How do you stay current as a specialist in infectious diseases?
We have the most dynamic field in medicine. Sure, every specialty gets its own new monoclonal antibody every couple of years, but our drugs stop working as we use them, and new diseases we’re supposed to be the experts in are cropping up all the time.
I’m Nicolás Cortés-Penfield, an infectious disease fellow in Houston, Texas. During the last academic year, I followed thirty major ID and internal medicine journals and regularly summarized their output for my co-fellows. More than 8000 reviewed abstracts and 200 summarized papers later, I’ve decided to share my efforts with everyone who wants to listen.
Each month, I’m going to summarize the most interesting and impactful new research in our field, then share those summaries with you here. Expect a series of blog posts broken up by area of interest (e.g.; HIV, transplant ID, antimicrobial stewardship), and a monthly header blog post like this one, where we'll discuss an ID topic and I'll link to the month's other posts with previews of the research topics covered.
June 2018 was an auspicious month to start this blog – I really feel like this was one of the best months for ID research all year. Here’s what I have for you:
Antimicrobial agents research this month included topics such as fluconazole dosing in C. glabrata fungemia, the relative safety of vancomycin and daptomycin for OPAT, combination therapy with vancomycin for MRSA, and anaerobic coverage in biliary infections.
General ID research covered the importance of antibodies in necrotizing soft tissue infection, new arboviruses, qSOFA versus SIRS scores, lifelong antimicrobial therapy, and WHO recommendations for the BCG vaccine.
ID diagnostics research involved antibiotic reduction of blood culture yields, the reliability of antibiotic susceptibility testing, the utility of blood culture PCR panels for VAP, and MRSA nasal screening as a predictor of MRSA bacteremia.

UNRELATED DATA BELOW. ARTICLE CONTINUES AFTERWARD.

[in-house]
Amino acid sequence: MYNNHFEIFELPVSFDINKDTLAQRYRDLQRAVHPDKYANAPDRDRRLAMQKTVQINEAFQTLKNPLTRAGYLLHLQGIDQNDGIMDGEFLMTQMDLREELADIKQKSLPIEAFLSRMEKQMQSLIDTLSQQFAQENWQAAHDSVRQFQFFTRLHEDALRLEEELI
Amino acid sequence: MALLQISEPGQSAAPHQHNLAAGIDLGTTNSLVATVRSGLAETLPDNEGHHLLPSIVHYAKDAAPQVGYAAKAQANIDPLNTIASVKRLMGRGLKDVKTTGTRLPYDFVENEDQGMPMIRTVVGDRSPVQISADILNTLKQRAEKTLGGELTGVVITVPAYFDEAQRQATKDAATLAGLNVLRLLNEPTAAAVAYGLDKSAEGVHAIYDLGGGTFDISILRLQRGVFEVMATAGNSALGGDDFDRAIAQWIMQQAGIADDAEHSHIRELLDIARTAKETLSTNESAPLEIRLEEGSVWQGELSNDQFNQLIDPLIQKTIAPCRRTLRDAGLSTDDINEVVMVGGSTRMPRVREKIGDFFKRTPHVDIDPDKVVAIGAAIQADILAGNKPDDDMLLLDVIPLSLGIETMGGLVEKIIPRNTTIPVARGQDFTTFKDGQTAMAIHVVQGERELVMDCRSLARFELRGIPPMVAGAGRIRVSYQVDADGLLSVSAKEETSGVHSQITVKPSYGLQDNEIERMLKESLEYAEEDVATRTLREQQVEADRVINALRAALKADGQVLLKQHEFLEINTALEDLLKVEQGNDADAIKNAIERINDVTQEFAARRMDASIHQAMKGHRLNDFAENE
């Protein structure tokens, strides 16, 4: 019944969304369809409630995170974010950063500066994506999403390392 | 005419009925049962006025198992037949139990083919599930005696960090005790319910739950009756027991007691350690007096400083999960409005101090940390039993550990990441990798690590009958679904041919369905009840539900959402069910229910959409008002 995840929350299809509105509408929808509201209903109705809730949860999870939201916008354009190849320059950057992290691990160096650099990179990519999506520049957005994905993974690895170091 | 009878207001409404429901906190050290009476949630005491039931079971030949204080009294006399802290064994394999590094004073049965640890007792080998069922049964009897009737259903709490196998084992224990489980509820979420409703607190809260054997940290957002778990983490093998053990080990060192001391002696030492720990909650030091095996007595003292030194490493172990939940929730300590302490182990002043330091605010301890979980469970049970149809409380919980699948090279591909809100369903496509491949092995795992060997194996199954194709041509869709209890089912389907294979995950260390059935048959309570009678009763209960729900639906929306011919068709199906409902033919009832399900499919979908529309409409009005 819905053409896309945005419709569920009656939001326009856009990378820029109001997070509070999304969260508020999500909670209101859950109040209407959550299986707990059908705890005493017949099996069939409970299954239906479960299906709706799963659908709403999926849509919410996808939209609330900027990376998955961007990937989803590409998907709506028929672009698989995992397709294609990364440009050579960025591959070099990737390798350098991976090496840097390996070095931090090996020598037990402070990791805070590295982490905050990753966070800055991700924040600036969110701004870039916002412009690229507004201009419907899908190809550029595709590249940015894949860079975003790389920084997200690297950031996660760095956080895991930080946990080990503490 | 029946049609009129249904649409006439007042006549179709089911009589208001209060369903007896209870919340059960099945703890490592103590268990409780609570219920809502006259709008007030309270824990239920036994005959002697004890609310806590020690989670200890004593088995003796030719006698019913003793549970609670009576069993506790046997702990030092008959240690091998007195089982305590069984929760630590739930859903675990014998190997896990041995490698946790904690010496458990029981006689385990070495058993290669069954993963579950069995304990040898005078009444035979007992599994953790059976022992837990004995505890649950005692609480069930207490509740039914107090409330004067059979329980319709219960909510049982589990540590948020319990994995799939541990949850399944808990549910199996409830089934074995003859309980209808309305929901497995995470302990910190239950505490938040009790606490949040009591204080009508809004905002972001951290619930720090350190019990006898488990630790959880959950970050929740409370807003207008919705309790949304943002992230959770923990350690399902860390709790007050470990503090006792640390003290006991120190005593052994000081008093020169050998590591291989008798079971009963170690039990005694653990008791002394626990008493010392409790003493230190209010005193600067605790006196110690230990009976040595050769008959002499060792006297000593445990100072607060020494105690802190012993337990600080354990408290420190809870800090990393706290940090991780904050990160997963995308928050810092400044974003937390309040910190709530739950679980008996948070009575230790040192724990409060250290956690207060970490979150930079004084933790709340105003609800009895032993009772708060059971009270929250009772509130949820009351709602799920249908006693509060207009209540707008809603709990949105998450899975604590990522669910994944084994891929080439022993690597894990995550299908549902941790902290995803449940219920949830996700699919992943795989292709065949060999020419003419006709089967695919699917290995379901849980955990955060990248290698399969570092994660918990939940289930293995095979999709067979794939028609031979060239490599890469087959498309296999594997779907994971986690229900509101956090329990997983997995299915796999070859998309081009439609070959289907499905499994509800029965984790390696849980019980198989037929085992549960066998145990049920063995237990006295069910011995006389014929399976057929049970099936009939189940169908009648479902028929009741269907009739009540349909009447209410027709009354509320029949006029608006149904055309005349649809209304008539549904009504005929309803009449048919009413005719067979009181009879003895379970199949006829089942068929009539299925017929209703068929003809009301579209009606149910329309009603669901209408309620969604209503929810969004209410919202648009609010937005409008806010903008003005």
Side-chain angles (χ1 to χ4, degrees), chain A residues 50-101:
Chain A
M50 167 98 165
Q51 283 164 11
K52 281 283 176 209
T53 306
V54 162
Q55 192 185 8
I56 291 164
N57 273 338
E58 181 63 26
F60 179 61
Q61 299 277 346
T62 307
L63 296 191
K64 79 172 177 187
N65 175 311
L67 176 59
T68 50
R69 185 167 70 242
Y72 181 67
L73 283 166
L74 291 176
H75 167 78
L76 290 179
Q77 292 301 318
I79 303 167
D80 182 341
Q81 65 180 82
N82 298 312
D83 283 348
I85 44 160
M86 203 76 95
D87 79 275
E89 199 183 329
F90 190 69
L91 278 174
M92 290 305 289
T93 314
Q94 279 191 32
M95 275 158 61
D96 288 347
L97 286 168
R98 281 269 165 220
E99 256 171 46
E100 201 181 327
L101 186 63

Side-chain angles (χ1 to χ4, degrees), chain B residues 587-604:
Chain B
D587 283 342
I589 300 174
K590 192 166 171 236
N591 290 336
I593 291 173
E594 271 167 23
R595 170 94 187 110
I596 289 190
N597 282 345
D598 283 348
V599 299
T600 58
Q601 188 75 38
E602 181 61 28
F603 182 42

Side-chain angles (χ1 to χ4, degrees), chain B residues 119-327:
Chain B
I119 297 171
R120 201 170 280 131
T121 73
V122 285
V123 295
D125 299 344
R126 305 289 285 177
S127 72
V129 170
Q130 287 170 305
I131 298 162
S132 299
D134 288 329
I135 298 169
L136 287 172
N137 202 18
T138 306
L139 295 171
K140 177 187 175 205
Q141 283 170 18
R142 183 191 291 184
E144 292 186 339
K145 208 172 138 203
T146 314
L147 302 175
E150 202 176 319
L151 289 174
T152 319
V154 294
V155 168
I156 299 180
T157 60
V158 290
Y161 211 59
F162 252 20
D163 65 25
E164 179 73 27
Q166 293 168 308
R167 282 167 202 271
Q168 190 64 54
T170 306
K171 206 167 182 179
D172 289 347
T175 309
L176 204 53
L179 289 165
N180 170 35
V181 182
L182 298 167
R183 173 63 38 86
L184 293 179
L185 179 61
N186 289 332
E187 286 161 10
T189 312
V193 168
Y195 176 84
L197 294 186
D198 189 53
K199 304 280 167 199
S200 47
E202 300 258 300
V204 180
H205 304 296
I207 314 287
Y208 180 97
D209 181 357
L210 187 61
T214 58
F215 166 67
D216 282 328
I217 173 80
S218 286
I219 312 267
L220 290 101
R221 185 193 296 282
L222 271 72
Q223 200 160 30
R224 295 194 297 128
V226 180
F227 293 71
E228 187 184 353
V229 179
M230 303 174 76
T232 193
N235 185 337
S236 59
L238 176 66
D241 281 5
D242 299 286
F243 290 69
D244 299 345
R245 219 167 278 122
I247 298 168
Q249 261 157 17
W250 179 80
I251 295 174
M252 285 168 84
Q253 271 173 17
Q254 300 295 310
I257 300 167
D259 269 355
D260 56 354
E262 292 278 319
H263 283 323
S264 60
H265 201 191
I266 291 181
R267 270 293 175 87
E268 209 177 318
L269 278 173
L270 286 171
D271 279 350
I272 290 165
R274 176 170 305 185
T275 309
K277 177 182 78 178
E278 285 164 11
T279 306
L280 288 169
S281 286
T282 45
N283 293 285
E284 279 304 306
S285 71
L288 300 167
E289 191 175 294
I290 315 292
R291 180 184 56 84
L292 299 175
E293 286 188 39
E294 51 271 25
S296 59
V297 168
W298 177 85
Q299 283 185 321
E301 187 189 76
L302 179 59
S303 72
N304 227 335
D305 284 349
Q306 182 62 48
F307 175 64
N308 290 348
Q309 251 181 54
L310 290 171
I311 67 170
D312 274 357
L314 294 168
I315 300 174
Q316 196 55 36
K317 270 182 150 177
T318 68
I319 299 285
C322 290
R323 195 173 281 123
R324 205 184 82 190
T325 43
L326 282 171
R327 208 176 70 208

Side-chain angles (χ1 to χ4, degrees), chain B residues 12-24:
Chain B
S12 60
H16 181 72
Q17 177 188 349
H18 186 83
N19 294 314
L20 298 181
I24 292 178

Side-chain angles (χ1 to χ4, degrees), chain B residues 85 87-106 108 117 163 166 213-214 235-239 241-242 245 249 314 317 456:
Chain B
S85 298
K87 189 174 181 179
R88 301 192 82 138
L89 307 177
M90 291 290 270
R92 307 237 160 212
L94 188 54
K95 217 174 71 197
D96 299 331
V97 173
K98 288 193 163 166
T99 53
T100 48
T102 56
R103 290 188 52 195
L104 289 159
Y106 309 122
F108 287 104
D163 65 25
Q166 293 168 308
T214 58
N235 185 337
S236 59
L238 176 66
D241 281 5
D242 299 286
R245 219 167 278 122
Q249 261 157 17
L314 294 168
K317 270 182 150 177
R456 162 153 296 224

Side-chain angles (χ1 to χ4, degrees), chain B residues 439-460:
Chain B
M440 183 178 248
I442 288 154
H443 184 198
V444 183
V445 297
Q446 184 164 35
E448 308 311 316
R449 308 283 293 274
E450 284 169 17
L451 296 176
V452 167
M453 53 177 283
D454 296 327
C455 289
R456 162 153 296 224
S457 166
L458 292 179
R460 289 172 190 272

HIV and STD research this month included discussions of cancer risk and screening for people living with HIV infection, PrEP efficacy in pregnancy, protease inhibitor use and risks of osteoporosis and cardiovascular disease, and the safety of switching ART to bictegravir-tenofovir-emtricitabine.
Onc and transplant ID research covered fidaxomicin for CDI prophylaxis, ESBL bacteremia risk with quinolone prophylaxis, ethanol locks for CLABSI in cancer patients, and the happy side effects of allowing HIV-positive organ donation.
Antimicrobial stewardship and infection control research this month involved regional antibiograms, ivermectin for malaria control, niclosamide for VRE decolonization, and MRSA nasal screening as tool to rule out MRSA pneumonia.
Feel free to share your thoughts and comments on any of these blog posts or reach out to me directly by email at firstname.lastname@example.org or via Twitter at @Cortes_Penfield. When we share our expertise, everyone benefits!